Spend some time relaxing on one of Lumbarda's beaches before returning to Korčula Town. You'll have the rest of the afternoon to discover this little island's numerous restaurants, taverns, shops, and bars as you roam the maze of gray stone houses, alleys, churches, and squares.

Ferry time (Hvar to Korčula): 1.5 hours
Cycling tour duration: 3-5 hours

Day 5: Korčula to Dubrovnik via Pelješac Peninsula

Mali Ston, Croatia
Mali Ston, Croatia

Today you'll leave Korčula and transfer the short distance to the Pelješac Peninsula and continue your journey south to Dubrovnik. En route, you'll stop in the medieval city of Ston to explore one of the longest defensive stone walls in Europe (originally built to keep predators away from the town's saltpans) and discover the importance this area held in the 14th century. Discover beautiful views over Ston and its glittering saltpans—one of the oldest and still active in the Mediterranean—from a parapet walkway on Ston's 3,937-foot (1,200 m) wall.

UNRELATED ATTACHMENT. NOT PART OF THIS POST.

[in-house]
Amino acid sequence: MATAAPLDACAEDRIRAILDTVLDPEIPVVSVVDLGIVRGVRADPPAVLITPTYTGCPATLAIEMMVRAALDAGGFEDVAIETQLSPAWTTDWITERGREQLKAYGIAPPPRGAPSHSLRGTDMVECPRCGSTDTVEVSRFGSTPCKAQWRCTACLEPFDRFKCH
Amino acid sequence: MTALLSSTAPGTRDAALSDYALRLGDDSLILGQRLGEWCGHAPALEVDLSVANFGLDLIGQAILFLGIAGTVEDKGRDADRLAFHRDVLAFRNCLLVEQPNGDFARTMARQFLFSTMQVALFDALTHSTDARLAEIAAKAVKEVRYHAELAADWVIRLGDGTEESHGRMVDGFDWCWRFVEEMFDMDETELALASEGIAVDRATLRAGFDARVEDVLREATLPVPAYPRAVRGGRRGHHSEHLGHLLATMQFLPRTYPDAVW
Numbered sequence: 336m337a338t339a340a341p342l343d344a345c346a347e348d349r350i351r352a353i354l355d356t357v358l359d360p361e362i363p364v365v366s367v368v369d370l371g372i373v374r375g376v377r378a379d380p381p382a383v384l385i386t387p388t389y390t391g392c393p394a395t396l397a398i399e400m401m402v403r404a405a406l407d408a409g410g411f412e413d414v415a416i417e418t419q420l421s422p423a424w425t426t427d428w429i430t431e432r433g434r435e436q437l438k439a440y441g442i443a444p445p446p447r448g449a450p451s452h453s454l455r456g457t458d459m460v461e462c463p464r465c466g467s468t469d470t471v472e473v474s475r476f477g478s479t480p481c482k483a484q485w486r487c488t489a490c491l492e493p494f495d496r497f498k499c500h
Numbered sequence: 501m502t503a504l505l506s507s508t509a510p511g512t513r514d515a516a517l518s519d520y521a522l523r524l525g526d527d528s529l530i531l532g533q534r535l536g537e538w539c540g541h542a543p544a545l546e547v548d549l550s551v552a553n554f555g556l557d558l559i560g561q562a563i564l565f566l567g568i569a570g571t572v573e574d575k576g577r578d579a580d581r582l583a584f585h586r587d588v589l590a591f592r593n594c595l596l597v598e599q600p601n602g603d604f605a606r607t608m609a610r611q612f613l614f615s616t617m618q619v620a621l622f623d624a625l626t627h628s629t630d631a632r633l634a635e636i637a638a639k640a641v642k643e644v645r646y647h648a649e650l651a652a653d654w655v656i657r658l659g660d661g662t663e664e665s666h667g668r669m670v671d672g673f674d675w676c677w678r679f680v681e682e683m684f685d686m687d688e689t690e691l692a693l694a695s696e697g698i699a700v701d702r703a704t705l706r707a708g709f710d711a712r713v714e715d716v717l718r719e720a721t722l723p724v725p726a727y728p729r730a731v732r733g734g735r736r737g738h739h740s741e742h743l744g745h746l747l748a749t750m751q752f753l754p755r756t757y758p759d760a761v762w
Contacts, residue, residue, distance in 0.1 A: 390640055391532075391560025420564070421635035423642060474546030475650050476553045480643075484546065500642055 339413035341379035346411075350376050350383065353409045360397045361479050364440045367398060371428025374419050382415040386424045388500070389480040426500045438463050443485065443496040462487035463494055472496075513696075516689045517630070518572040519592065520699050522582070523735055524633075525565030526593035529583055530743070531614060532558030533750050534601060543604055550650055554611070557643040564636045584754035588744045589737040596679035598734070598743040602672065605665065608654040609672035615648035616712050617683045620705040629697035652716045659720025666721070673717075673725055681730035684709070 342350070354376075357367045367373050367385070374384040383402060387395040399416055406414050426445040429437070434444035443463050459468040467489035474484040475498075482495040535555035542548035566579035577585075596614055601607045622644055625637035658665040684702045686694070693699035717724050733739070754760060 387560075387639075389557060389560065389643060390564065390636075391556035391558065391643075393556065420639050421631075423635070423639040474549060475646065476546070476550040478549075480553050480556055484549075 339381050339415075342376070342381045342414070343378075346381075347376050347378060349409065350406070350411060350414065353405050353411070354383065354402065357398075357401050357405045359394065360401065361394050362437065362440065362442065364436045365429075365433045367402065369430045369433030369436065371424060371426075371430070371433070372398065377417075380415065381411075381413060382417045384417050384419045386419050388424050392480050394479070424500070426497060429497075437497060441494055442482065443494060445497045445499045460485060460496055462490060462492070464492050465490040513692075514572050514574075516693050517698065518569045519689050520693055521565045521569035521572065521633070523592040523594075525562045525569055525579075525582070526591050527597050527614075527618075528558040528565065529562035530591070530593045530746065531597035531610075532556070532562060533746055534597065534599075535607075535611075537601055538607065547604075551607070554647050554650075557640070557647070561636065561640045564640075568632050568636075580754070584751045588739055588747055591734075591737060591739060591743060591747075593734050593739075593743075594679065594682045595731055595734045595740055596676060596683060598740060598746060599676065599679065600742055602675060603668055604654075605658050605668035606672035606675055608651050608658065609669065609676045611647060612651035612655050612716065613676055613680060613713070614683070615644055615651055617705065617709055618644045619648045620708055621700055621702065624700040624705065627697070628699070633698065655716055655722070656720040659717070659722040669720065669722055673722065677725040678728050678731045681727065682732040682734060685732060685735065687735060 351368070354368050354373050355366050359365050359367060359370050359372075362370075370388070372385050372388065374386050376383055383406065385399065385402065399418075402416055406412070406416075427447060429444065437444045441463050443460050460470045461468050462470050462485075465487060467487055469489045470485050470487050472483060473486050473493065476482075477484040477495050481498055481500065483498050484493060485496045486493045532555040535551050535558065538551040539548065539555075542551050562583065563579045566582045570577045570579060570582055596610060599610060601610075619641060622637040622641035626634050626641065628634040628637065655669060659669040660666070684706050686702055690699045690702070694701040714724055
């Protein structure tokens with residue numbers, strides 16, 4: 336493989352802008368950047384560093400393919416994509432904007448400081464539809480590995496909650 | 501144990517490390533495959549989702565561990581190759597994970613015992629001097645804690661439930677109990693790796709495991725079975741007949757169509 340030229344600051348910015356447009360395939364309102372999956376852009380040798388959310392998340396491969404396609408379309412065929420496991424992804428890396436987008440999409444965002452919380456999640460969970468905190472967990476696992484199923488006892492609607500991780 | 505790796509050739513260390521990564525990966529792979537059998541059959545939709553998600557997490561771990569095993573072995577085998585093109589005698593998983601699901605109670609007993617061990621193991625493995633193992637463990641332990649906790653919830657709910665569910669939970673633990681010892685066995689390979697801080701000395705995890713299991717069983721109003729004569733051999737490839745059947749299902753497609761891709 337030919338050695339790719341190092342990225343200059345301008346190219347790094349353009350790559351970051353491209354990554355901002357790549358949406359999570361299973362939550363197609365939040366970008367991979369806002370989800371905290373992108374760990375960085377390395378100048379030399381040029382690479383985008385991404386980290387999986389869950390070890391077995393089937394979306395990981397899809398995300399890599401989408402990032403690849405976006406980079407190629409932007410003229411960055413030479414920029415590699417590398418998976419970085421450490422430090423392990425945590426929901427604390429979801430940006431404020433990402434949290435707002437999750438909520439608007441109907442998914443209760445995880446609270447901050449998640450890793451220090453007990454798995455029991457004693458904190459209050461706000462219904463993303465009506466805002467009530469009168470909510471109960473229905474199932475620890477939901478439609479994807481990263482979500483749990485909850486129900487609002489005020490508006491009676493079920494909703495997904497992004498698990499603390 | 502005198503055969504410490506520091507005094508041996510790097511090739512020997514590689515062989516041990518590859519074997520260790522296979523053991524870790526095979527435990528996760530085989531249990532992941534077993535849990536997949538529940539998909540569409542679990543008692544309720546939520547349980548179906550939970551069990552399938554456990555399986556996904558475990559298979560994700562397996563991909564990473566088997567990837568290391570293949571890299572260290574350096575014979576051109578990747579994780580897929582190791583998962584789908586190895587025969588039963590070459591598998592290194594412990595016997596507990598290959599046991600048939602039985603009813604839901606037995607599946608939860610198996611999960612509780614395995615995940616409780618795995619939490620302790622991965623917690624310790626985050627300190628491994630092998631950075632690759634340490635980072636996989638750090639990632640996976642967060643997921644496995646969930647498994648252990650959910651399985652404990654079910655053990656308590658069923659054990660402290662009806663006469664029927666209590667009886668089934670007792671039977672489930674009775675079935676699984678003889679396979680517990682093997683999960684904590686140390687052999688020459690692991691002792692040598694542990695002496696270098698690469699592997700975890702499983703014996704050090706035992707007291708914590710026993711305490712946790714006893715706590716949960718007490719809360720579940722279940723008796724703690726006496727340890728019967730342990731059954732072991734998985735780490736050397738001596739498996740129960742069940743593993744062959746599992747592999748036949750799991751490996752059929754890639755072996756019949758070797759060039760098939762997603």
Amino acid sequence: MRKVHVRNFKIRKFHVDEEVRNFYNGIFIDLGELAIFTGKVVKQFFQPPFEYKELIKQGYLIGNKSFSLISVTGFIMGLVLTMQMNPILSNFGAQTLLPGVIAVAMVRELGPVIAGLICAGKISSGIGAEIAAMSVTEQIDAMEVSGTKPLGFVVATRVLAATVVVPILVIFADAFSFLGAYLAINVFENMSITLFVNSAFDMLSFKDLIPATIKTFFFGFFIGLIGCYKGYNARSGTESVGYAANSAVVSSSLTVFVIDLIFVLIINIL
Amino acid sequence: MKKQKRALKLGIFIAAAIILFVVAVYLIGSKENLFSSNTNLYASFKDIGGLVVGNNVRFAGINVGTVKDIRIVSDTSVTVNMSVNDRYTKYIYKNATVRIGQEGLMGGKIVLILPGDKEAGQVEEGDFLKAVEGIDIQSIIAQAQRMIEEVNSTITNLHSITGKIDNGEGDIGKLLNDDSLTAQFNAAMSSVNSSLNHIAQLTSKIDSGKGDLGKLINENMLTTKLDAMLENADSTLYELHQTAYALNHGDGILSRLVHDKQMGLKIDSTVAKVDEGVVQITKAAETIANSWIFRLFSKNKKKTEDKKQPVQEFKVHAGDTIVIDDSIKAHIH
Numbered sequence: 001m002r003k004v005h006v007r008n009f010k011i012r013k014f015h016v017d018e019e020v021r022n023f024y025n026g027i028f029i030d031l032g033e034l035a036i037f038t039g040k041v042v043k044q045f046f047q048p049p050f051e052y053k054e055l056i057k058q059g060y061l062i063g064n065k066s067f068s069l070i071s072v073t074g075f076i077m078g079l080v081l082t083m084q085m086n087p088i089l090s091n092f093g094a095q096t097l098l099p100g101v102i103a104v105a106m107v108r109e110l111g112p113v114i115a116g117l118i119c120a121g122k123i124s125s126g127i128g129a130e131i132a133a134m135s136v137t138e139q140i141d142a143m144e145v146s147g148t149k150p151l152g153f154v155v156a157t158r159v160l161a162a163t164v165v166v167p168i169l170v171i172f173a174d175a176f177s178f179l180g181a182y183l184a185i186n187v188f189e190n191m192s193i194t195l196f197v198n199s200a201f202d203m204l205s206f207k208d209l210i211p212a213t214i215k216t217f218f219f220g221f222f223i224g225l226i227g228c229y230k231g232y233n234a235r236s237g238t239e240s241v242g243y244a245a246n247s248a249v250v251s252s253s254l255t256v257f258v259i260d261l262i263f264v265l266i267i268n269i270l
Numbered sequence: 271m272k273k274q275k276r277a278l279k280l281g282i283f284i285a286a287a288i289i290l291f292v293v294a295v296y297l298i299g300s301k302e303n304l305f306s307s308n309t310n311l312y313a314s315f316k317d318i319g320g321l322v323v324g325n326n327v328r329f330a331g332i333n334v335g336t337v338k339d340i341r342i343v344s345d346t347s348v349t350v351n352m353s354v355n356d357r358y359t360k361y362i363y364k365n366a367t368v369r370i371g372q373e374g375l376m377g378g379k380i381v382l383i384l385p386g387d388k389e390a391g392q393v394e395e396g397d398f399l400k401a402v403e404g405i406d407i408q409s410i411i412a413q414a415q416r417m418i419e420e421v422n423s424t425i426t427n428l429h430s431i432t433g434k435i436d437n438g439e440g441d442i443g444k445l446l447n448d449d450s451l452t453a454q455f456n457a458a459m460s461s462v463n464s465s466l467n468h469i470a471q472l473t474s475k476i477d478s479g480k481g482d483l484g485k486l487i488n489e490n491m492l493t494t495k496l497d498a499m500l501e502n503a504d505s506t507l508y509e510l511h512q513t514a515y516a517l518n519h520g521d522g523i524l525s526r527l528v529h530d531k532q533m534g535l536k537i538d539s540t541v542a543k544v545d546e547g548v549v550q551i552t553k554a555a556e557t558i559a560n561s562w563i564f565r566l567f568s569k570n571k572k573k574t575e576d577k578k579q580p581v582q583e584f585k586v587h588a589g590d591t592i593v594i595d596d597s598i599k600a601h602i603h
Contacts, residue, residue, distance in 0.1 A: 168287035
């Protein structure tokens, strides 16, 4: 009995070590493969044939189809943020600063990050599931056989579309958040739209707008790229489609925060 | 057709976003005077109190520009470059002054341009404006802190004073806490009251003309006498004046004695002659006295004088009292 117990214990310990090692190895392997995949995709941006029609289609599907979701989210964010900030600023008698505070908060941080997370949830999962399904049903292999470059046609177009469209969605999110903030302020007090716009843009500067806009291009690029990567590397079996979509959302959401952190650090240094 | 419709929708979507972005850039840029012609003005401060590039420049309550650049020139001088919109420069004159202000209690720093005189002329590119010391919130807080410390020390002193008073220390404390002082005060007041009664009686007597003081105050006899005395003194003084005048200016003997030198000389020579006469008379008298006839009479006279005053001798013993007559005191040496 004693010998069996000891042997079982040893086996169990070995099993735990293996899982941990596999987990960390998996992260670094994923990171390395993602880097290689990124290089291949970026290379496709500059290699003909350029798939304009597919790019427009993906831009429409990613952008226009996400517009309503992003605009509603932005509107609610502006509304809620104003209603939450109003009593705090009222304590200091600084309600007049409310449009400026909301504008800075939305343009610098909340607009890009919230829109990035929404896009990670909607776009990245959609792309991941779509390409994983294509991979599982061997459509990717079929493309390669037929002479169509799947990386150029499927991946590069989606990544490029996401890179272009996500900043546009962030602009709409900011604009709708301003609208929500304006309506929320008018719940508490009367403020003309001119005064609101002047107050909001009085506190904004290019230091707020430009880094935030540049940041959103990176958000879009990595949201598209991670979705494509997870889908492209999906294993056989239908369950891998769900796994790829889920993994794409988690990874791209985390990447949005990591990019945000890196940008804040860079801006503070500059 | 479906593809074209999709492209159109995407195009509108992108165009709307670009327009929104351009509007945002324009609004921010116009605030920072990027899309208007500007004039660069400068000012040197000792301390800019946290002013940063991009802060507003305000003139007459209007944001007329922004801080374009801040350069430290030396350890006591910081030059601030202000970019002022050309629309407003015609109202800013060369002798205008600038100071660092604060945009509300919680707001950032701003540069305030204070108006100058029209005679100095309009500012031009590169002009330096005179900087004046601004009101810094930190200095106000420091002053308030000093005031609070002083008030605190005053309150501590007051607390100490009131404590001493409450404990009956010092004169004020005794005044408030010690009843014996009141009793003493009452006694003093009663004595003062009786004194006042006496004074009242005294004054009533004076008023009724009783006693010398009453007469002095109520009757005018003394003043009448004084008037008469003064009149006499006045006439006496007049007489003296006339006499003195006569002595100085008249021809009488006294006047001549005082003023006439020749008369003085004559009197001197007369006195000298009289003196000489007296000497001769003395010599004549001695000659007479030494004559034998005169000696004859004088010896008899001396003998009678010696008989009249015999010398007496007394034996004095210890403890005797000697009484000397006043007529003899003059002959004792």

Reward your efforts with a light meal of Ston's famous fresh oysters or mussels accompanied by a glass of local Dingač red wine. Should you choose, you can take a tour of one of the area's family-run wineries and sample Dingač's famous reds. 

When you're ready, make your way to the historic coastal fortress city of Dubrovnik. The remainder of the day will be at your leisure, allowing time for you to wander and explore this magical city. Depending on when you arrive, you may have time to hop aboard a cable car and ride to the top of Srđ Mountain for stunning vistas of Dubrovnik and the nearby Elafiti Islands

Driving time (Korčula to Dubrovnik): 3 hours

Day 6: Historical Walking Tour of Dubrovnik

St. Blaise Church on Stradun
St. Blaise Church on Stradun